Operating from a small storefront on a shoestring budget, Bonds scored a number of important victories despite enormous industry opposition. Foremost among them was the critical partnership she forged with the United Mine Workers Union over overweight coal trucks. Coal trucks routinely bearing twice the legal load barrel down narrow, steep highways and through towns, endangering drivers, beating up the roads and cracking house foundations. The monster trucks were responsible for fourteen deaths in a two year period, including a brother and sister who were crushed to death when a coal truck forced their vehicle into another oncoming truck. Thanks to the mineworkers' union and community pressure, Bonds and other activists filled a lawsuit against coal operators forced companies to haul safe and legal loads. Bonds also with activists to launch a national grassroots campaign that asked people to write postcards to the governor of West Virginia pledging that they would not visit the state until outsized coal trucks were banned.
In a testament to her vigilant monitoring of mining-related violations and advocacy efforts, Bonds was also instrumental in winning important concessions from the State Mining Board, which imposed a 30-day suspension on a polluting Massey mine and set tougher protections for local communities against mine blasting.
Such victories came at a price to her personal safety. Bonds routinely received threatening, anonymous phone calls that intensified whenever she planned a protest. She and other activists were threatened by armed security guards on Massey's payroll when they showed visitors, including journalists, sites that had been devastated by mining.
As Massey poured hundreds of thousands of dollars into an ad campaign to whitewash its image in mining country, Bonds is organized faith groups and local activists to picket Massey's annual stockholders meeting. In an attempt to avoid the public outcry about their operations, Massey refused to divulge the location or date of their shareholder meeting until the last moment. Bonds also pushed for public hearings about the Bush Administration's final Environmental Impact Statement on mountaintop removal mining. Because of the involvement of Steven Griles, a former mining industry lobbyist turned second in command at the Department of Interior, activists doubted the statement would paint an accurate portrait of the real threats and costs of mountaintop removal.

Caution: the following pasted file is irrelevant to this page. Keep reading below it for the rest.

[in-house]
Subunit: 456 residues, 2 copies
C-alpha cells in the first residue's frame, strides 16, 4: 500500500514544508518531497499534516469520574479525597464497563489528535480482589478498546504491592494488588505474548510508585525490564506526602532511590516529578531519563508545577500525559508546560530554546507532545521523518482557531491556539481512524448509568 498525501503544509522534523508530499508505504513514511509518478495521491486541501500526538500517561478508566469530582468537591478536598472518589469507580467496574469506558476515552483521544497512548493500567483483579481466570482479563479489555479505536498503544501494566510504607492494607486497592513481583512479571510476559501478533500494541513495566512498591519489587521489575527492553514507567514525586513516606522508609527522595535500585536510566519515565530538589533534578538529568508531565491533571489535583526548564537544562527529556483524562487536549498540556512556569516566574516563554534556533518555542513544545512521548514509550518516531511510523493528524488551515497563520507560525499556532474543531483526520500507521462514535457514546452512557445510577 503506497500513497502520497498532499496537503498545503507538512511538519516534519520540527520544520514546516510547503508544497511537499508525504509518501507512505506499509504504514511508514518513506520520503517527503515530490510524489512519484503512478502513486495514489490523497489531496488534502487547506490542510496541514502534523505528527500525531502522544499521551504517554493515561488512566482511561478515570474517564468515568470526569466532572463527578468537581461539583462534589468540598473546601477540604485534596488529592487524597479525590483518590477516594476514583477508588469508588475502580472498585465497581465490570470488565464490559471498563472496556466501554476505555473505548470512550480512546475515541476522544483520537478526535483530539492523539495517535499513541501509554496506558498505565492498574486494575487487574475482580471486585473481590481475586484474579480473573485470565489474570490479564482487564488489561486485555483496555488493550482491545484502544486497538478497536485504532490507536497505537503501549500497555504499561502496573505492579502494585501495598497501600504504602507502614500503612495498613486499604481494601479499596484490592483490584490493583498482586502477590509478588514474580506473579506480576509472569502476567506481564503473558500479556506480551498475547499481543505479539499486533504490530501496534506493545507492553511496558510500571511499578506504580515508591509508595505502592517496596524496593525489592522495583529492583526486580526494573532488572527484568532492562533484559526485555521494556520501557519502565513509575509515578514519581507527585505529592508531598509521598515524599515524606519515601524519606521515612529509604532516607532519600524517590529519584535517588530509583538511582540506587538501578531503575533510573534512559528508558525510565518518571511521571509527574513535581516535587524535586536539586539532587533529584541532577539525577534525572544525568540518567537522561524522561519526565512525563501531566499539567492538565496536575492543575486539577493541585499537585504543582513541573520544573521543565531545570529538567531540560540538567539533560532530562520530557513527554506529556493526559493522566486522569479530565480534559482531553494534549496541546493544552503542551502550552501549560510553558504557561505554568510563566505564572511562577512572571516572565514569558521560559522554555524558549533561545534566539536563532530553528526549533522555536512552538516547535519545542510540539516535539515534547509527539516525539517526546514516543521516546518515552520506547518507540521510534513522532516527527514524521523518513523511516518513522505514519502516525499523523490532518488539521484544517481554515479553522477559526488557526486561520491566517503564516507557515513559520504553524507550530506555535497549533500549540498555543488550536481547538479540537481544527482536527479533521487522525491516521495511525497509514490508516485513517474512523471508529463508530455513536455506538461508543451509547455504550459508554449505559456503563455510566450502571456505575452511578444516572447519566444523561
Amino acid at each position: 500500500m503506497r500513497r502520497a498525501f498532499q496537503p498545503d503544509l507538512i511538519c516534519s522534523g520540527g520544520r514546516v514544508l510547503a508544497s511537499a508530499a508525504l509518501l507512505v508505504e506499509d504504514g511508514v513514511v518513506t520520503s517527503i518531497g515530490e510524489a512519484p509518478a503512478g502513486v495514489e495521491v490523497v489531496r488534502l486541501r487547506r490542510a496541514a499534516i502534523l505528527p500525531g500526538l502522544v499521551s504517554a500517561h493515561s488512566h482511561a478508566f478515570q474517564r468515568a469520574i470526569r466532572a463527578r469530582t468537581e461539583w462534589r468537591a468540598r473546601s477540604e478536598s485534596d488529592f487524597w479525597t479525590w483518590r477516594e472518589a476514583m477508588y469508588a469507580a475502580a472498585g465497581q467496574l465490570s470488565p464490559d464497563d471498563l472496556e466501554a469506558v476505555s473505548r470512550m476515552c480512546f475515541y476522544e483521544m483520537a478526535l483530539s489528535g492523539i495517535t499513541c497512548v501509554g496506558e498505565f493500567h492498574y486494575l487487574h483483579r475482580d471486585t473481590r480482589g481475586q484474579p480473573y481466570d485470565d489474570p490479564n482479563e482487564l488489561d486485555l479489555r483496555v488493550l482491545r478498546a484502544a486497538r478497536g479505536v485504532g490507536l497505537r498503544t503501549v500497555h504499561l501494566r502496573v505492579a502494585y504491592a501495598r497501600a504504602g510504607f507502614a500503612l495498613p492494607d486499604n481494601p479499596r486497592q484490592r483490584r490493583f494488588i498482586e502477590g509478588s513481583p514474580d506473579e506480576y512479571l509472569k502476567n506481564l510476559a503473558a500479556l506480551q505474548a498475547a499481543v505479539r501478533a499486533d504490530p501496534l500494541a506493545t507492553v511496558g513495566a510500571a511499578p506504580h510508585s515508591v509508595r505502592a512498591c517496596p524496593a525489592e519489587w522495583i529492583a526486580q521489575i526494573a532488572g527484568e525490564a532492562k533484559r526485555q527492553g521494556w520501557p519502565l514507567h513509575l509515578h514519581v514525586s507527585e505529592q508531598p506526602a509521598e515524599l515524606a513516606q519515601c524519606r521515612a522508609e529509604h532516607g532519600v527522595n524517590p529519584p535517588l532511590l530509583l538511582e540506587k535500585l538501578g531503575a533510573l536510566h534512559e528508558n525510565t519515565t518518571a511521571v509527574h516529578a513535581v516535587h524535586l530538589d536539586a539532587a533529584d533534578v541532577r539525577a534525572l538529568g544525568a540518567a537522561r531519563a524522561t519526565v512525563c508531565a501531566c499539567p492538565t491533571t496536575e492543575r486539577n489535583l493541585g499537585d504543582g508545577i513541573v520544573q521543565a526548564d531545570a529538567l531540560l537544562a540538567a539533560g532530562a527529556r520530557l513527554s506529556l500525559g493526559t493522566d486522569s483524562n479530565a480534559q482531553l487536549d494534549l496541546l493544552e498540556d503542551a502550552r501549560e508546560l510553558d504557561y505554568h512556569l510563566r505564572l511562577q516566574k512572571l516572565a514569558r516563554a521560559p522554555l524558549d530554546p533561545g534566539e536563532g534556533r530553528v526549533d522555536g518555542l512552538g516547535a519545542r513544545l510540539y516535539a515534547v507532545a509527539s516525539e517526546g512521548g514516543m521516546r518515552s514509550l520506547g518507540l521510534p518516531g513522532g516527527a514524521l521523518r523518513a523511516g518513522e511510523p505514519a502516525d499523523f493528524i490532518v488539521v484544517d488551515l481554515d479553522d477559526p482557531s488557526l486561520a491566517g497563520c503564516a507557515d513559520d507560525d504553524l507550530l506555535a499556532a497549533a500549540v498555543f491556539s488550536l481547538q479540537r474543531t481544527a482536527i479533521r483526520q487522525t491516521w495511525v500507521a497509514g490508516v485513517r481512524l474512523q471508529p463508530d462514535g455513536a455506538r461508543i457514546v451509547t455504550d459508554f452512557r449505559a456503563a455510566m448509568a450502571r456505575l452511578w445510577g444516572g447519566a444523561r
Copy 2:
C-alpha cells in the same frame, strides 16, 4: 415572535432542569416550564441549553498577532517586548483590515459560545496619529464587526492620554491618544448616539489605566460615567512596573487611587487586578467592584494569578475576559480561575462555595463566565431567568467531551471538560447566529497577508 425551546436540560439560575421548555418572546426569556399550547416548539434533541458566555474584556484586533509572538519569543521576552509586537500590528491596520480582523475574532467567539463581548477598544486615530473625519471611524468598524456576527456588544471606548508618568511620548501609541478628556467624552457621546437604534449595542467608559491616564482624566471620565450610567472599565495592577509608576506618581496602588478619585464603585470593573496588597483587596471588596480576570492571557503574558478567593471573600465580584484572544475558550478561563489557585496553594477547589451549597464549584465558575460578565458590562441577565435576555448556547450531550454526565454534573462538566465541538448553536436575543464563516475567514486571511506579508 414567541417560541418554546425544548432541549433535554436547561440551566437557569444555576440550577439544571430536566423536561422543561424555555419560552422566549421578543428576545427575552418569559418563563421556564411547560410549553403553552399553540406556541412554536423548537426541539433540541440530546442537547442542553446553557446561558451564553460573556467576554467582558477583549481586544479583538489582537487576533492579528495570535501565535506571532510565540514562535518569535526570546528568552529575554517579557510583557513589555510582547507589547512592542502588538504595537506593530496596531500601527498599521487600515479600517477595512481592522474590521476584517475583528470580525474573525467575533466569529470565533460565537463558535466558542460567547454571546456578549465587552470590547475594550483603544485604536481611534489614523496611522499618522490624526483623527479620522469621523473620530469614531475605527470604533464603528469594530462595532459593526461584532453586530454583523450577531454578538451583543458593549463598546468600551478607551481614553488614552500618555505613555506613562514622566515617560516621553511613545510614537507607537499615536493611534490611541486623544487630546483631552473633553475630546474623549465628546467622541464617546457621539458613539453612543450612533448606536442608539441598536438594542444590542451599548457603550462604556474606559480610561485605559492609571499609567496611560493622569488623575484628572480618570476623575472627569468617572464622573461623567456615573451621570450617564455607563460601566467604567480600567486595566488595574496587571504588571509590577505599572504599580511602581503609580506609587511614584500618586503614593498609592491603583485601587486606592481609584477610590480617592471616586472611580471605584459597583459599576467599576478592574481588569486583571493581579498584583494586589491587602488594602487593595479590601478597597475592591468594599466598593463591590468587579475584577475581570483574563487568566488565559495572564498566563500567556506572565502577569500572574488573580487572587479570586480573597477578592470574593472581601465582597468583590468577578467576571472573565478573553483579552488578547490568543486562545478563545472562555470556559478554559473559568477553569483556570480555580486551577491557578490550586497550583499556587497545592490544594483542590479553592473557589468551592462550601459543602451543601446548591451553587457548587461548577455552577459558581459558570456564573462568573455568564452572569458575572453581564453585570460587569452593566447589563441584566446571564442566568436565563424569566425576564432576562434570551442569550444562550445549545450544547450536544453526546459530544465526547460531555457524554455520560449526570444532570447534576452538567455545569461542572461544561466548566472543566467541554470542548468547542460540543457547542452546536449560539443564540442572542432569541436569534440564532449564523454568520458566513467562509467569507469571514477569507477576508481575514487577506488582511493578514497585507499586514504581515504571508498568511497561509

Bonds galvanized a grassroots response to the Fourth U.S. Circuit Court of Appeals ruling on mountaintop removal, which was issued on January 29, 2003. The ruling, based on an appeal brought by the Bush Administration, overturned a landmark federal court ruling that banned mountaintop removal mining on the grounds that it violates the Clean Water Act. Since the new ruling, West Virginia has been bombarded with new mountaintop removal mining permits. Bonds and other local citizens fought these permits in the courts.
Bonds fought the Bush administration on a number of fronts as then-President Bush continued to support a national energy plan that was far too reliant on continued coal production. His victory in the presidential elections was due in part to his upset in West Virginia, which was credited to the efforts of James H. Harless, a local timber and coal magnate who was awarded a spot on Bush's transition task force on energy and who also sat on Massey's board of directors.
"When powerful people pursue profits at the expense of human rights and our environment, they have failed as leaders," Bonds said. "Responsible citizens must step forward, not just to point the way, but to lead the way to a better world."